Sunday, 2 July 2017

Doctor Who: The Doctor Falls

"Is it wrong that I..."

"Yes, very!"

Wow. That was an emotional rollercoaster and no mistake, and probably the best Doctor Who season finale since the institution started back in 2005. It's also an episode chick full of fan lore, Moffatisms and, well, stuff. There's a lot to talk about.

We begin with a typically Moffat pre-titles with fields, skies, farmhouses and horse-driven carts all inside the same spaceship (a Moffat trope right from The Time of Angels), and the terrifying spectacle of partly cybernised people being used as scarecrows. The Doctor, Nardole the Master and Missy share a few witticisms before they, and Cyberman Bill, end up together in the farmhouse where the two Masters exchange some glorious dialogue in some truly joyous scenes while Bill (shown as she sees herself) comes to terms with the awful body horror of what she has become. These two sequences showcase two separate types of superlative writing prowess from the Moff.

There's a superb reason why they can't all return to the TARDIS- time dilation; if they travel the full 4,000 miles then the Cybermen will have had millennia to prepare, so there's nothing for it but to sit and wait for the inevitable assault, and for the Doctor to be heroic for the sake of it- "without hope, without witness, without reward." The Doctor gets another one of those magnificent soliloquies that Peter Capaldi first showed himself to be so good at with The Zygon Inversion, and it's interesting to see that the Master doesn't care but Missy is, at least, equivocal.

So the Doctor and Bill, who knows her humanity is slowly being eroded and doesn't want to live without being her (there's a thought, and a horribly modern one- Cybermen as a metaphor for dementia), agree to the suicide mission of staying behind to blow up with the Cybermen while Nardole gets everyone away to survive for a while until the next attack.

The Masters get a delightfully mad ending as Missy fatally stabs the Master with a hug and he shoots her after she reveals she's off to join the Doctor. The Master is off to his TARDIS to regenerate; she is apparently too dead to regenerate, as some ways of being killed, apparently, just arbitrarily do that. This is fooling no one, of course; the Master's been deader than this. (S)he'll be back.

So we come to the Doctor- also fatally wounded, although we saw a flicker of regeneration energy even earlier- and Bill in their last stand against the Cybermen, some of whom, disappointingly, have "evolved" to be more modern like and use the existing costumes. But we get a moment of pure fanwank as the Doctor names "Telos, Voga, Planet 14". There's also an earlier bit of retcon that makes me uncomfortable while we're on the subject of fanwank; the Doctor seems to say that the Cybermen arose independently on "Mondas, Telos, Earth, Planet 14" and, yes, Marinus, in a bizarre and gloriously fanwanky reference to the DWM comic strip The World Shapers, penned by Grant Morrison, no less. Not sure I like this suggestion that not all Cybermen are fundamentally Mondasian, and the idea seems to contradict dialogue in Tomb of the Cybermen anyway.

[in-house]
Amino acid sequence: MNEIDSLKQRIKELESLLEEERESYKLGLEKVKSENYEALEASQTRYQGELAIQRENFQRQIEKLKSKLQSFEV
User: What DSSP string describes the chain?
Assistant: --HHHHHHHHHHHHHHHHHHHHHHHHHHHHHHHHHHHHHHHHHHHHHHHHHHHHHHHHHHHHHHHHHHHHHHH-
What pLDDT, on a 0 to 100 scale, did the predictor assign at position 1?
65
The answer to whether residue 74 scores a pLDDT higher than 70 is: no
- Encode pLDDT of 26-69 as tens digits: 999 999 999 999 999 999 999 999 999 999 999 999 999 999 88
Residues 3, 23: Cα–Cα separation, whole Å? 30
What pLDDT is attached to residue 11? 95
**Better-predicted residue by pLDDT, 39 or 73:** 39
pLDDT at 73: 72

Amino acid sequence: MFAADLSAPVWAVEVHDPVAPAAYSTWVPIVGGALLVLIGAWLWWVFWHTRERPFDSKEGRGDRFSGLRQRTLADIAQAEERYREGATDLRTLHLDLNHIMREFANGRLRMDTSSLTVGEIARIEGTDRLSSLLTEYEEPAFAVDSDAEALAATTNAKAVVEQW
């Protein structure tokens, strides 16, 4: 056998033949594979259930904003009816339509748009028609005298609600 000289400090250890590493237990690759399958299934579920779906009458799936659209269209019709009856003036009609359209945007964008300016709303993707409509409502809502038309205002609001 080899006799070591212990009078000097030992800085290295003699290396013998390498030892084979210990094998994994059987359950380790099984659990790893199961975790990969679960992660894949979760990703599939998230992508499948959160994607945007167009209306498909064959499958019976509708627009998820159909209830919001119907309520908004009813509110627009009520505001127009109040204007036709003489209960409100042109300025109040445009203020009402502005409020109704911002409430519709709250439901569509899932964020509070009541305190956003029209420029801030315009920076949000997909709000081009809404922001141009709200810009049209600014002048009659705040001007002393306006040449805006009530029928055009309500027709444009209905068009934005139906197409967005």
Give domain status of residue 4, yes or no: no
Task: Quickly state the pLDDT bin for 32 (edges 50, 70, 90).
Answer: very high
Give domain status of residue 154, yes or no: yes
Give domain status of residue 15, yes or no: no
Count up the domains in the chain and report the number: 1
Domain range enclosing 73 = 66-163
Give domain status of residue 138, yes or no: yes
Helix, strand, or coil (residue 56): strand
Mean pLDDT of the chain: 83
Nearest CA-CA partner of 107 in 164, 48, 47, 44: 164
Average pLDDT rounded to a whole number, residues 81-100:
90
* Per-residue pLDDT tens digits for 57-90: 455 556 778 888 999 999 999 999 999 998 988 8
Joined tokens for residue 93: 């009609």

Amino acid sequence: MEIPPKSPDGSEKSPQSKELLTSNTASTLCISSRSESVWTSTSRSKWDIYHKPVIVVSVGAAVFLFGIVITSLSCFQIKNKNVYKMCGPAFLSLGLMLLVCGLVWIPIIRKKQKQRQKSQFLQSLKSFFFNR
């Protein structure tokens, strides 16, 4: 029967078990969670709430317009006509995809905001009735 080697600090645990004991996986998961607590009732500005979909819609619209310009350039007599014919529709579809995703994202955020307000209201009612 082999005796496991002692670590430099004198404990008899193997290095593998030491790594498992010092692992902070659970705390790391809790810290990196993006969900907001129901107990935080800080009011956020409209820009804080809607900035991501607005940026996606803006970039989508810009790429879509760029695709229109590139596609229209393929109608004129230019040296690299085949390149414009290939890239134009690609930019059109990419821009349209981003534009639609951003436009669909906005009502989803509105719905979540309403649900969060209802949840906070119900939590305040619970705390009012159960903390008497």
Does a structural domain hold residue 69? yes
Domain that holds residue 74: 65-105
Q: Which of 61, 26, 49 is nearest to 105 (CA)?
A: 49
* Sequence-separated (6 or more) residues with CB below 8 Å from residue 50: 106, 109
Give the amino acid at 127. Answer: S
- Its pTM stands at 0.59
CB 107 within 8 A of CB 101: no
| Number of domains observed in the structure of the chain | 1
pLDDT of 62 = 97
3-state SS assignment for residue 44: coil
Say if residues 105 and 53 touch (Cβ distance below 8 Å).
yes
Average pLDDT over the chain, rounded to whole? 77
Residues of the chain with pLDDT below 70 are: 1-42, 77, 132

Still, Cyberman Bill dies and... Bill still exists, because of some clever and retrospectively well-seeded long term plot cleverness from way back in The Pilot meaning Bill gets to be herself again and travel the universe in a puddle with the girl she loves. It's clever, it's superbly written, it made Mrs Llamastrangler and me cry and it's essentially brilliant. But, well, it feels like a cop out. After Clara this is twice in a row that Moffat has stepped back from properly killing off a companion at the last minute and it feels like a lack of bravery. Perhaps I'm being unfair; it's still rather brilliant, and would probably feel different if it wasn't for Clara, not to mention that a companion dying would have overshadowed a busy episode. Nonetheless, there's a slight feeling of cop out.

And so we come to what all the signs are telling us is a regeneration; the Doctor recites his predecessors' last lines, he's lying in the TARDIS as he was at the end of The Tenth Planet, the Cloister Bell is sounding. And yet the Doctor is resisting regeneration through sheer willpower and has, I suspect, been doing so for quite some time. And then Moffat throws a curveball as (in the Doctor's head?) the bloody first Doctor appears, played by David Bradley. This is, to put it mildly, hugely exciting, and may indicate that the Christmas Special may be a leisurely examination of the concept of regeneration, i.e. mortality, casting the Doctor as a kind of Scrooge figure? Whatever, I can't wait.

And yes, I know I have a couple of little criticisms, but they in no way detract from the sheer brilliance and genius of one of Moffat's finest pieces of writing. Yes, like all prolific writers he has his tropes, but that's a strength, not a weakness. Steven Moffat is right up there with Whittaker, Holmes and Davies as one of the finest writers ever to grace this programme.

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